Latest JK Rowling thriller sparks transgender outrage

The plot of ‘Troubled Blood’, the latest book by British writer J.K. Rowling, has sparked controversy on social networks. — AFP pic

LONDON, Sept 16 — Controversy over British writer JK Rowling’s latest is book is building on social networks. Having already been accused of insulting transgender people on Twitter earlier this summer, the author is now under fire from critics horrified by the plot of her newly released thriller. The novel tells the tale of a serial killer whose modus operandi includes dressing up as a woman. 

Troubled Blood is the fifth installment in the crime fiction series Cormoran Strike, which JK Rowling has published under the pen name of Robert Galbraith since April 2013.

According to the Daily Telegraph, the 944-page novel focuses on the worrying disappearance of a mother, whom Cormoran Strike suspects may have been murdered by a serial killer, who often dresses up as a woman. 

Even though it has just been published today, on Tuesday, September 15, Troubled Blood has already attracted a firestorm of criticism on Twitter, with many commentators outraged by its plot to the point where they are now accusing the creator of the Harry Potter saga of transphobia. And that is not all they have also launched the  hashtag #RIPJKRowling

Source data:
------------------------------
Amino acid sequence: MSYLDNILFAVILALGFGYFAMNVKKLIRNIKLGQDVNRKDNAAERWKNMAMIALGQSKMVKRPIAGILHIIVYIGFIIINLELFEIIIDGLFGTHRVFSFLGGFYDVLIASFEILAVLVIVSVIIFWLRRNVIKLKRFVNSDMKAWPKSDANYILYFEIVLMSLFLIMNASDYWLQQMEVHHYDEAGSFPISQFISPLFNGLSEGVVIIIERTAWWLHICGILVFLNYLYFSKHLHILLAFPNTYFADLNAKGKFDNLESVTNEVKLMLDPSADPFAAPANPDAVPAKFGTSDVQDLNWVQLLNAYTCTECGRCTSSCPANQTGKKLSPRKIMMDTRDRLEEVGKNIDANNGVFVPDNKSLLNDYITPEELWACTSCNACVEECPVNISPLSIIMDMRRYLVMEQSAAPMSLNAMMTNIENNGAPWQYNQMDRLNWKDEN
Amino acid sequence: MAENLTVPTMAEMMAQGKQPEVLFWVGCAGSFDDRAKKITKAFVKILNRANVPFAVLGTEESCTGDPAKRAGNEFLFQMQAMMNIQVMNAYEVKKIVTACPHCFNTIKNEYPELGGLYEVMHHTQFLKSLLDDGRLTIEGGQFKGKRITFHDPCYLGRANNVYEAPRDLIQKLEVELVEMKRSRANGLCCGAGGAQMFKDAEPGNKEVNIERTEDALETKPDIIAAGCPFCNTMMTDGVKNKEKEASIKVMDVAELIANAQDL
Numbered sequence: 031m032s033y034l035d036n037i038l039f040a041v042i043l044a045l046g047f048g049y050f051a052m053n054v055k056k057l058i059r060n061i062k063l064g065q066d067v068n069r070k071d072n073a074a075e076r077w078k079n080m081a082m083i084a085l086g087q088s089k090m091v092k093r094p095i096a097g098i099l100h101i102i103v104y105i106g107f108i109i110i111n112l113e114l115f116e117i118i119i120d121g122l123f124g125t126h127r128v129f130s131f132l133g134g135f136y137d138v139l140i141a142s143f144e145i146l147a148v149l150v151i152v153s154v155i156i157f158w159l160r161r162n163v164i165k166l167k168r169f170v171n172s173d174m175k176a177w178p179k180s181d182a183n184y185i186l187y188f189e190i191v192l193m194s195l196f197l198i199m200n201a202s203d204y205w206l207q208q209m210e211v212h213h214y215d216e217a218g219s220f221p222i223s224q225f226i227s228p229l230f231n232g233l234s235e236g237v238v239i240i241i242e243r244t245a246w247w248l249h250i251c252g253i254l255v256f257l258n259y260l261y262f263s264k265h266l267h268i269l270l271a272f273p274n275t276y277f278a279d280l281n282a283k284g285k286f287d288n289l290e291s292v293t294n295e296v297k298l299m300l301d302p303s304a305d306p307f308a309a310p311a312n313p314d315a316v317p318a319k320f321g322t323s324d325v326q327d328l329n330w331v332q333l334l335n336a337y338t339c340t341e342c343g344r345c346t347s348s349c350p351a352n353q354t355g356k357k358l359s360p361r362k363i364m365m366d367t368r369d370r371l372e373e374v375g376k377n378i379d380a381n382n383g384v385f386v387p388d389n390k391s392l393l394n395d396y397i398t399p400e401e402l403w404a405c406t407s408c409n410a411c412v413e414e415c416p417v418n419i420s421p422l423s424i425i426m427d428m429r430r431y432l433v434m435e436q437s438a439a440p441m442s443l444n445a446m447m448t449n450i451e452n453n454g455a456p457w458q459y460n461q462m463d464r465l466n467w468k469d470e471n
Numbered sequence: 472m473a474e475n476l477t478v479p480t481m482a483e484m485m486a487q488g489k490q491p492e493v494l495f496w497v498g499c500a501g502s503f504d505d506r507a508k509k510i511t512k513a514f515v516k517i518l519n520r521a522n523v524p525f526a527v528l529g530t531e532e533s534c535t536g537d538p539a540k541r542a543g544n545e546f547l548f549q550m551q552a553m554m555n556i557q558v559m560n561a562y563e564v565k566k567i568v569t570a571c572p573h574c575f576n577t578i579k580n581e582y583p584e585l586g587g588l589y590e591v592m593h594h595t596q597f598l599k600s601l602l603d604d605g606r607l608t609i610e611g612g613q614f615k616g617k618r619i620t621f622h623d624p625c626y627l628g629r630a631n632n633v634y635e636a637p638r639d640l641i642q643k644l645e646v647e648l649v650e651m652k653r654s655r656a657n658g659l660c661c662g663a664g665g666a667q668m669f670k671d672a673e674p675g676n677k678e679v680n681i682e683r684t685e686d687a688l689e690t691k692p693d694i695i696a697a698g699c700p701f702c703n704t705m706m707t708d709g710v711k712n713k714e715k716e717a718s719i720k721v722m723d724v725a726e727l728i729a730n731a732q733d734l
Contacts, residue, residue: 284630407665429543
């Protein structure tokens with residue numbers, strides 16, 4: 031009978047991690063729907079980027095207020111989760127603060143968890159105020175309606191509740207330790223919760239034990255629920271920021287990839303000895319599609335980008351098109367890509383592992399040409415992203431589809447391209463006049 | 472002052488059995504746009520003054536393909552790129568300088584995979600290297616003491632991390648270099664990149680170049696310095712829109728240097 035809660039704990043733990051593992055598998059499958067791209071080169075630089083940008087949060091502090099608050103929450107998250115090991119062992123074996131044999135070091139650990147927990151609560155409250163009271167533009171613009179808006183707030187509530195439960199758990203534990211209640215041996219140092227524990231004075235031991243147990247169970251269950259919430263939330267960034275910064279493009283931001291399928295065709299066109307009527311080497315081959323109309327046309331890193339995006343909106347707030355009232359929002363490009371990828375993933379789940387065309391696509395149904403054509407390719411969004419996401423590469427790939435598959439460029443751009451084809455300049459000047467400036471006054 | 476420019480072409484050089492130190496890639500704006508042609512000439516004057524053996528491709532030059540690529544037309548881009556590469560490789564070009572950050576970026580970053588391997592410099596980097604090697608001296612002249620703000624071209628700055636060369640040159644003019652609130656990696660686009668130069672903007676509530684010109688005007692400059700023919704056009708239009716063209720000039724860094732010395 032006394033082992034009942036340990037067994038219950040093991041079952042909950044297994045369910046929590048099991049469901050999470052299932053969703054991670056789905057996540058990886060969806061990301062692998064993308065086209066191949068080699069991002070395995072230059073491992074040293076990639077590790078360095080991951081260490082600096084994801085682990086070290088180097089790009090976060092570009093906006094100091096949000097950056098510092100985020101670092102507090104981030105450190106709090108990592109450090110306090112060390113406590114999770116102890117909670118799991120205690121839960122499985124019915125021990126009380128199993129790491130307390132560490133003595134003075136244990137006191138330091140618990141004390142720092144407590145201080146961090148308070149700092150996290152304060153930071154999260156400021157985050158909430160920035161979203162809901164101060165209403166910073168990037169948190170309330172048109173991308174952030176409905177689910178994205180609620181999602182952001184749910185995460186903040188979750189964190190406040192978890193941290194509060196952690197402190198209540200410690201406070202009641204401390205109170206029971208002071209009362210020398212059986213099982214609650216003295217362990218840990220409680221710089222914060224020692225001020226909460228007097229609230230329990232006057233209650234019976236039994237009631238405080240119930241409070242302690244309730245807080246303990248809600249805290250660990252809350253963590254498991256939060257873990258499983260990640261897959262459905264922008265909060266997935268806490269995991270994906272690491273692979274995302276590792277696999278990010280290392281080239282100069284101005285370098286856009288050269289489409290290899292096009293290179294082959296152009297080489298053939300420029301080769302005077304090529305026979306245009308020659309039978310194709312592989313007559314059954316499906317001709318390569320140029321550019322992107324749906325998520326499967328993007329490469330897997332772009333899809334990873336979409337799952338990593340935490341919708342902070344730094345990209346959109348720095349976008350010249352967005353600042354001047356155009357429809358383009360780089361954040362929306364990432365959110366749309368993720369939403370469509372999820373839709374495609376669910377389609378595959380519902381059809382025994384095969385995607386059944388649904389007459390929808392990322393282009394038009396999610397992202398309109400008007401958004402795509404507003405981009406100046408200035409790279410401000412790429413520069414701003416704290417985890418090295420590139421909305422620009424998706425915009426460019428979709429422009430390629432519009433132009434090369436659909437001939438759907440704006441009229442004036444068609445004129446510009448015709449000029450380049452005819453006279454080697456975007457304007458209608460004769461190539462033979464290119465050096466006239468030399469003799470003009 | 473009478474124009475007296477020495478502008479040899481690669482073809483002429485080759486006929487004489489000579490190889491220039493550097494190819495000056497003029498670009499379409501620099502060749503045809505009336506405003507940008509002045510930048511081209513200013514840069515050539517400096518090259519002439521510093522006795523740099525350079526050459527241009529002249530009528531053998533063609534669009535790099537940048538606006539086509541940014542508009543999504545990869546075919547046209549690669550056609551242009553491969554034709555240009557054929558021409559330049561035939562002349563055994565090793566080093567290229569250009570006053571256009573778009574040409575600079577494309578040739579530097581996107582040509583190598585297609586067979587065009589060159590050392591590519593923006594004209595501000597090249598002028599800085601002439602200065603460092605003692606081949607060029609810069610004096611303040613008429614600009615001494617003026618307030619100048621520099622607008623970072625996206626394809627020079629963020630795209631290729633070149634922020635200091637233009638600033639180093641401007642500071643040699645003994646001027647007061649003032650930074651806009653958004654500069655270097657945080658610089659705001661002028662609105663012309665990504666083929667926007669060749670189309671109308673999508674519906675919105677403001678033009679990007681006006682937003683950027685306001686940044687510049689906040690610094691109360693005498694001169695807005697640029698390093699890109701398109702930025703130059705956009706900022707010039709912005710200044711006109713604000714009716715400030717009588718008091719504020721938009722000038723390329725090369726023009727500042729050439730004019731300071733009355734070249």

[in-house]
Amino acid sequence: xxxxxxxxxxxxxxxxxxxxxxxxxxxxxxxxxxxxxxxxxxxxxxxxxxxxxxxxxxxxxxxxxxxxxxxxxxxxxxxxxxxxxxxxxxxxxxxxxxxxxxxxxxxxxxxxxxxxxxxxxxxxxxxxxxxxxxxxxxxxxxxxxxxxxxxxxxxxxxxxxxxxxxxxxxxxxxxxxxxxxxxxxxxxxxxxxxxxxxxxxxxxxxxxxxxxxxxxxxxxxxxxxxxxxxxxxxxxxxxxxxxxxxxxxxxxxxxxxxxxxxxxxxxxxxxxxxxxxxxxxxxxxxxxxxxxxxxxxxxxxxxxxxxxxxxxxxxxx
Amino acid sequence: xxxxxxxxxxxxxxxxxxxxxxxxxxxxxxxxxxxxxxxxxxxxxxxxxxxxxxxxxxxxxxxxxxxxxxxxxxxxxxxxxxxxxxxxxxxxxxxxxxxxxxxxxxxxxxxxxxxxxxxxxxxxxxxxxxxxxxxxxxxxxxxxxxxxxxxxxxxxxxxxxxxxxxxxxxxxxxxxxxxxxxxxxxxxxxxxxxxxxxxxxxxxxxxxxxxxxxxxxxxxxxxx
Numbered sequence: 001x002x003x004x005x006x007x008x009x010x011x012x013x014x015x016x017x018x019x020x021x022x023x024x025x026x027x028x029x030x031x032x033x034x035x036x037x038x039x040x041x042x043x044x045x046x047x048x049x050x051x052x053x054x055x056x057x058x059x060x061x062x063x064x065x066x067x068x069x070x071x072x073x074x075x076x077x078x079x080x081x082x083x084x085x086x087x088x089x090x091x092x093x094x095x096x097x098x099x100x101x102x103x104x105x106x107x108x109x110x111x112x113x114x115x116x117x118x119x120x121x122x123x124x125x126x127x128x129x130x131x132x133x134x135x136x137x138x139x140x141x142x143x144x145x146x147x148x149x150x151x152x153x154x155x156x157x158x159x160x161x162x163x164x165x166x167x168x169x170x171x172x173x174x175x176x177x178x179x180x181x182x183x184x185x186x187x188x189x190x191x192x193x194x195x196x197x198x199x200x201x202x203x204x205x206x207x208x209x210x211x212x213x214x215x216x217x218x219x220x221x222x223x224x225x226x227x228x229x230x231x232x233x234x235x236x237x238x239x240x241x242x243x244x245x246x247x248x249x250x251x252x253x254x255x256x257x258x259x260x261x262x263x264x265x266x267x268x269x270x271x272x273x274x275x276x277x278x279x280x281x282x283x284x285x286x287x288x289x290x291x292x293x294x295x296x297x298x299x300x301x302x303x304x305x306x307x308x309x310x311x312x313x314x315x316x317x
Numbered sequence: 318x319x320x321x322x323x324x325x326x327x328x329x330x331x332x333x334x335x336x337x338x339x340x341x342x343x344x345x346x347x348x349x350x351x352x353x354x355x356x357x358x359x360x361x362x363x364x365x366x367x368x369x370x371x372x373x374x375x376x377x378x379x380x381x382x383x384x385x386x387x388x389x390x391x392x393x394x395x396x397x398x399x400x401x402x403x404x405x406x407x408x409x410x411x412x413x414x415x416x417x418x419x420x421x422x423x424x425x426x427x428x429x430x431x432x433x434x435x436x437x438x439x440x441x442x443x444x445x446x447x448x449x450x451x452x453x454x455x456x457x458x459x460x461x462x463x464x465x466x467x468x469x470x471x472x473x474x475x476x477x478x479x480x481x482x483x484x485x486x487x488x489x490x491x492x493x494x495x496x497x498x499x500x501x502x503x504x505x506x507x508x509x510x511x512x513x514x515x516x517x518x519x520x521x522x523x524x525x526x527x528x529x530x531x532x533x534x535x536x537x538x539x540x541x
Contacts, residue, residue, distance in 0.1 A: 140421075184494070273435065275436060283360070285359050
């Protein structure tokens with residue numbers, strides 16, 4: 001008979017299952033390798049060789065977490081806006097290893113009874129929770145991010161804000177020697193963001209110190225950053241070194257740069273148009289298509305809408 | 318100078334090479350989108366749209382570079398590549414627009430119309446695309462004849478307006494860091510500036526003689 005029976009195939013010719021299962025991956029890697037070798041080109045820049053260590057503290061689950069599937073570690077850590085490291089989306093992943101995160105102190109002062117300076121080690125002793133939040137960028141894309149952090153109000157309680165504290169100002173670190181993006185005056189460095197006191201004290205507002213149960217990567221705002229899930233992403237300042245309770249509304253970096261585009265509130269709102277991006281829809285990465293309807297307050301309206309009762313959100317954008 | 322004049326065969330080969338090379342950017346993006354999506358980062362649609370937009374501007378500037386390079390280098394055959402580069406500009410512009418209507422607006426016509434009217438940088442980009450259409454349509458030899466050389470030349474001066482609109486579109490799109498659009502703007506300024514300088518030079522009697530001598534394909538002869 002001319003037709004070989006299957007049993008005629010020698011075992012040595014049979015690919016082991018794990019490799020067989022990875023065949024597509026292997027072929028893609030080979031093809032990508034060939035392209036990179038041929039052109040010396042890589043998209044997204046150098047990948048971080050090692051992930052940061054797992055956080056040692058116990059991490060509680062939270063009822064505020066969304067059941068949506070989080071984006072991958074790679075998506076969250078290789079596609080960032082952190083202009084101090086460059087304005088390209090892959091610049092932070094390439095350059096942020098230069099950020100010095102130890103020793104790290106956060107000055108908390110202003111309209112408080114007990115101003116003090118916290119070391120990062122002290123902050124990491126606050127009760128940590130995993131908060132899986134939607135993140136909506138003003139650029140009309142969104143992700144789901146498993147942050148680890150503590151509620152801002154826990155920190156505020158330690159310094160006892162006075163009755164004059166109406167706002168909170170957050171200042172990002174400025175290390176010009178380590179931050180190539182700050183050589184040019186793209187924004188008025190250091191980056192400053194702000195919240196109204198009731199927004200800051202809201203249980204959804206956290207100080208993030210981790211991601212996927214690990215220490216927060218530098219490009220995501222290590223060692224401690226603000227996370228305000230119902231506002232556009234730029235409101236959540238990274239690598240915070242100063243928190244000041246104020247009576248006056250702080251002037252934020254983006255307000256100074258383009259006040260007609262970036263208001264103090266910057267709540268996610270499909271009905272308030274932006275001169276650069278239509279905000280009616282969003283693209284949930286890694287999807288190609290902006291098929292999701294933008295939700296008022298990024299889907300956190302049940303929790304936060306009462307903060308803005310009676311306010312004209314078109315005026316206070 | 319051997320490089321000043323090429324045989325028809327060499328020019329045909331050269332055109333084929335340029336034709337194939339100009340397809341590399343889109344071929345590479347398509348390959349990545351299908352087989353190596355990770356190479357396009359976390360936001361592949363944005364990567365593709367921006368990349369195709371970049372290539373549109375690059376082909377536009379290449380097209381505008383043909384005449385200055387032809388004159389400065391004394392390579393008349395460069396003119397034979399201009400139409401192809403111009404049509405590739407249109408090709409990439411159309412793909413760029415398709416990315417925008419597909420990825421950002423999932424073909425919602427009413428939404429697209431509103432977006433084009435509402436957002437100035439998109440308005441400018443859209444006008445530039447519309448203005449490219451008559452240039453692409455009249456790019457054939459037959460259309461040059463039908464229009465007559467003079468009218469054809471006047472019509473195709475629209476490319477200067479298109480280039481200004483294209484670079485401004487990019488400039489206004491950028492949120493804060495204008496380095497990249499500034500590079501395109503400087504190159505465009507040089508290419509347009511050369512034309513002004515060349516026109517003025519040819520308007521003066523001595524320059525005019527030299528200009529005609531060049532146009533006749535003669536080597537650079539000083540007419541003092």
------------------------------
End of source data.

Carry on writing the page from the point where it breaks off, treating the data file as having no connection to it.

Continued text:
“JK Rowling is single-mindedly obsessed with trans people and actively frames them as predators in her novels”, writes the literary critic and blogger Ella Dawson on Twitter, where she also takes to task the second opus in the Cormoran Strike saga. 

The Silkworm published in 2014 attracted an avalanche of criticism for the manner in which Rowling described the character of Pippa Midgley, a transgender woman who falls for Inspector Cormoran Strike before attempting to stab him in his office. 

Accusations refuted by JK Rowling

Although JK Rowling has yet comment on controversy over Troubled Blood, the writer recently announced that she would return an award she received from the Robert F Kennedy Human Rights organisation in 2019.

The president of the organisation, Kerry Kennedy, had publicly said that views expressed by JK Rowling “diminished the identity” of transgender people. 

The high-profile writer took exception to the remark which “incorrectly implied” that she “was transphobic, and responsible for harm to trans people.” She further added: “As a longstanding donor to LGBT charities and a supporter of trans people’s right to live free of persecution, I absolutely refute the accusation that I hate trans people or wish them ill”. — AFP-Relaxnews